New guidance to help local authorities take on powers to tackle problem road works was published today by Transport Minister Sadiq Khan MP as Kent - the first council to apply for such powers - brings them into force.
Road works permit schemes give councils more power to coordinate road works and to take tough action when they overrun. Once a scheme is in place companies must apply for a permit before they start road works and abide by conditions on timing, coordination or the amount of road space to be left available to road users during the works. Anyone who breaks the terms of their permit or works without a permit could be prosecuted and face a fine of up to £5,000.
The new guidance published today will help other local authorities to develop and apply for their own permit schemes.
Sadiq Khan said:
"Everyone knows that road works are necessary to keep essential infrastructure in good order but councils and utility companies need to do everything possible to keep disruption to a minimum for the travelling public.
"I am delighted that the Kent scheme is up and running and am pleased that more and more councils across the country are developing plans to introduce their own permit schemes. We introduced these schemes to give local authorities more power to manage and co-ordinate road works and the guidance we are publishing today will make it easier for other councils to develop high quality permit schemes and so reduce inconvenience for all those who use the roads.
"This is just one part of a package of Government measures to reduce the disruption caused by road works. We also plan to consult on higher financial penalties for companies who allow their road works to overrun as well as on lane rental charges for firms operating on the most traffic sensitive routes."
A permit scheme in London came into force earlier this month, to help tackle road works disruption in the capital.
The guidance for councils applying for permit schemes can be found here: www.dft.gov.uk/roads/streetworks.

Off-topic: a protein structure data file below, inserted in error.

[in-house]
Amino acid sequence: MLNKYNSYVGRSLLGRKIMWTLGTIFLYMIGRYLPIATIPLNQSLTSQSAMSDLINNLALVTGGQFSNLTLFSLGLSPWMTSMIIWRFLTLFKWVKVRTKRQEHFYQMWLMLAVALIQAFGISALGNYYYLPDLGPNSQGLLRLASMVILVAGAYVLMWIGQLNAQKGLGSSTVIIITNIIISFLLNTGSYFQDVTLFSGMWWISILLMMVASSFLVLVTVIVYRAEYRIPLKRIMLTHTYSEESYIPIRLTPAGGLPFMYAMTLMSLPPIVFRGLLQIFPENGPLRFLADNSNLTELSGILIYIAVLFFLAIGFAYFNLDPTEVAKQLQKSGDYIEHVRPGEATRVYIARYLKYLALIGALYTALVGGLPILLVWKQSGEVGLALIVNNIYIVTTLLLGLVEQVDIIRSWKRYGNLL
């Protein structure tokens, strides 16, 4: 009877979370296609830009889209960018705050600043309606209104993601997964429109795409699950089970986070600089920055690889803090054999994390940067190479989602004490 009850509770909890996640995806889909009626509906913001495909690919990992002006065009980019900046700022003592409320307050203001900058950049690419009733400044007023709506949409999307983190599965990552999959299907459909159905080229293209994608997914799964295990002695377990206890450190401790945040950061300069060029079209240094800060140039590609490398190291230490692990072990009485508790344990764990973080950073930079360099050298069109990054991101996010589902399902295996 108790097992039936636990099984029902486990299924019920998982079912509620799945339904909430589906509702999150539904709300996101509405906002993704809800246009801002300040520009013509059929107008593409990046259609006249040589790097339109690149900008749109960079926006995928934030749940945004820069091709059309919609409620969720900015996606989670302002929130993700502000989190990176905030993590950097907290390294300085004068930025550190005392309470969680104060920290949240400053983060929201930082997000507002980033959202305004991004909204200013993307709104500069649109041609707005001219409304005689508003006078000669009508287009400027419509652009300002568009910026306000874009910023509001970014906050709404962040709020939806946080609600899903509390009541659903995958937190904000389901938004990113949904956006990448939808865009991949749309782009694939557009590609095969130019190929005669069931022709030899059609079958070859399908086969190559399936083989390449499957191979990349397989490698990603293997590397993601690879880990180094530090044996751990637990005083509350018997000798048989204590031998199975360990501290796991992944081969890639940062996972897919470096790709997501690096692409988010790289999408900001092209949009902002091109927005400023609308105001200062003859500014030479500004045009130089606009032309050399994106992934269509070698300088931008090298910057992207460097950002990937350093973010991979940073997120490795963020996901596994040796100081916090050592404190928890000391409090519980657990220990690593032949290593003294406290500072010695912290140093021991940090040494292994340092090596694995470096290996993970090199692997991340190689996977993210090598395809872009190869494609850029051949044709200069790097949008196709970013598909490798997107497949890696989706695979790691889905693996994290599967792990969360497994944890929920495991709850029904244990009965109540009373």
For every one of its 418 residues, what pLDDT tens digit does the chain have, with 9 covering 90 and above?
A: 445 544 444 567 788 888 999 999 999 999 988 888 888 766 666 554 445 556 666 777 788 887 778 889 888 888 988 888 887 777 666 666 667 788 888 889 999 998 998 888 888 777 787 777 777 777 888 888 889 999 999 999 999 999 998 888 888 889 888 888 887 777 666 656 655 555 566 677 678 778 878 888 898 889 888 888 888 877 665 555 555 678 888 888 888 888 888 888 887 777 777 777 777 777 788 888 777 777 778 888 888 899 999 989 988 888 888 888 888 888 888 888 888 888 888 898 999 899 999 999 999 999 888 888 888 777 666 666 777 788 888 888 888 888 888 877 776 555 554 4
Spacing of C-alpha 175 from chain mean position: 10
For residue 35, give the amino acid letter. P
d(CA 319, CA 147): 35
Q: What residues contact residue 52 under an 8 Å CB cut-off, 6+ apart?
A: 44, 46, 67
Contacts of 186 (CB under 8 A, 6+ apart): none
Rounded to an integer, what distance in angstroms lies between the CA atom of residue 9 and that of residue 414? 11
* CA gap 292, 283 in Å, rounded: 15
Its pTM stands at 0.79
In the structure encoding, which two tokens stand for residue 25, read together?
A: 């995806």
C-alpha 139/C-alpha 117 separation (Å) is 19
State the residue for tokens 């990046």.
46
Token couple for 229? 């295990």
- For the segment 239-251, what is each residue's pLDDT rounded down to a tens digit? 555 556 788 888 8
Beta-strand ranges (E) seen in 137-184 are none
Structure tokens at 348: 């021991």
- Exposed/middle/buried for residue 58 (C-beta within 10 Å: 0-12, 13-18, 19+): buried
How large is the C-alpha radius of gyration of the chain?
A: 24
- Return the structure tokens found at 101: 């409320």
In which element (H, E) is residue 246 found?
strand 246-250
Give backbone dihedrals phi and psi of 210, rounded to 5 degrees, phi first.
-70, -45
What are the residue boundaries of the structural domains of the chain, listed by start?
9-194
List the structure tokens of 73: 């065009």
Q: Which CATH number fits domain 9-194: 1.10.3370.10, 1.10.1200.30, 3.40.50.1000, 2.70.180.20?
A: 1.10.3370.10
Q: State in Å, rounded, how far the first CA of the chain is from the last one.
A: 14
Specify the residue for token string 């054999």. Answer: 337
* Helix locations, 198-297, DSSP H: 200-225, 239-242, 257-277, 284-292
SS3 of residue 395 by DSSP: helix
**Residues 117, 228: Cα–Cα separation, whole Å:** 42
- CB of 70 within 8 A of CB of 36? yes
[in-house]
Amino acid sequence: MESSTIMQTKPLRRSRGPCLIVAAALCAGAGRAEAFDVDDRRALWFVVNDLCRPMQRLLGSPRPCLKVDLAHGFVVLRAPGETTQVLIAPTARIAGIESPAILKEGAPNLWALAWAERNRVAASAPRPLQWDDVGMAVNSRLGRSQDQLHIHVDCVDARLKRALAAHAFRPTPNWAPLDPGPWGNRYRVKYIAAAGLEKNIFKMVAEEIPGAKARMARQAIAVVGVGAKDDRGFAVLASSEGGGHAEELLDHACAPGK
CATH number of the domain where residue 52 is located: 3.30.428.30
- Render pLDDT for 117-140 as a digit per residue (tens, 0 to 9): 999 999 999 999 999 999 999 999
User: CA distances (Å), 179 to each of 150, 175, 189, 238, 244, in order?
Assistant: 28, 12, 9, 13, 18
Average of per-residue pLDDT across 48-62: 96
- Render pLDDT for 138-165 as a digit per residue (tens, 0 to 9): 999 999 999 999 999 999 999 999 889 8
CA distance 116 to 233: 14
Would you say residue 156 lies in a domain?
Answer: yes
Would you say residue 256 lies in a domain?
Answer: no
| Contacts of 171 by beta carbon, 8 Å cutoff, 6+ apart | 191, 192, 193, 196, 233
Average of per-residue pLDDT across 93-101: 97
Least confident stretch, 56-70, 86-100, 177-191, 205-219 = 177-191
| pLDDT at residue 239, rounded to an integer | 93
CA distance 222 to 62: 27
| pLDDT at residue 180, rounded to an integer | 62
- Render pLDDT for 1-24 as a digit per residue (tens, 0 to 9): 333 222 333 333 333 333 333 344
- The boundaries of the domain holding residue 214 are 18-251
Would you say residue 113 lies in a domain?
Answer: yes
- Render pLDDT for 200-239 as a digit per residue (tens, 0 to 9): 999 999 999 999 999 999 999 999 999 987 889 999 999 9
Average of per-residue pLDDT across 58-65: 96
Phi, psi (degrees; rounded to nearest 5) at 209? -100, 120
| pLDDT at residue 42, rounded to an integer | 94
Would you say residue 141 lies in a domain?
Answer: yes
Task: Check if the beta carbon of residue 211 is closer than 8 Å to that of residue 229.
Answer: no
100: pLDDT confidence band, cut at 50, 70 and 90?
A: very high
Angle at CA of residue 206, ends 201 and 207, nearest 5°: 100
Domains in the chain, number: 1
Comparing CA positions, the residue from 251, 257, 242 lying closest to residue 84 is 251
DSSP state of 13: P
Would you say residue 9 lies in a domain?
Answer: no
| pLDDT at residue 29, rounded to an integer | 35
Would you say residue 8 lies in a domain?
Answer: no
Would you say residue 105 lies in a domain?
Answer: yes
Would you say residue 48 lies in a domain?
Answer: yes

Notes to editors
1. In July 2009, Kent County Council was the first permit scheme to be approved by the Secretary of State. The second permit scheme to be approved was the London Common Permit scheme in October 2009, which came into force on 11th January on streets managed by Transport for London and 16 London boroughs (Barnet, Brent, Camden, City of Westminster, City of London, Ealing, Enfield, Hackney, Hammersmith and Fulham, Hounslow, Haringey, Islington, Kensington and Chelsea, Lewisham, Redbridge, and Wandsworth). Bromley and Croydon will begin operating the London Common Permit scheme on 1st April 2010.
2. A permit scheme provides a strong economic incentive for co-operation and joint working between undertakers and highway authorities and should result in better managed and co-ordinated works that result in fewer delays for road users.
3. A council running a permit scheme is able to charge companies for providing a permit although any charge should cover costs and should not result in a surplus.
4. It will be a criminal offence to work without a permit. The maximum fine will be £5,000. It will be an offence to not meet a permit condition, for which the maximum fine is £2,500. Fixed Penalty Notices, as an alternative enforcement mechanism, can also be given for working without a permit or not meeting a permit condition.
5. Councils in England have been able to apply to the Department for Transport to run their own street works permit schemes since April 2008.
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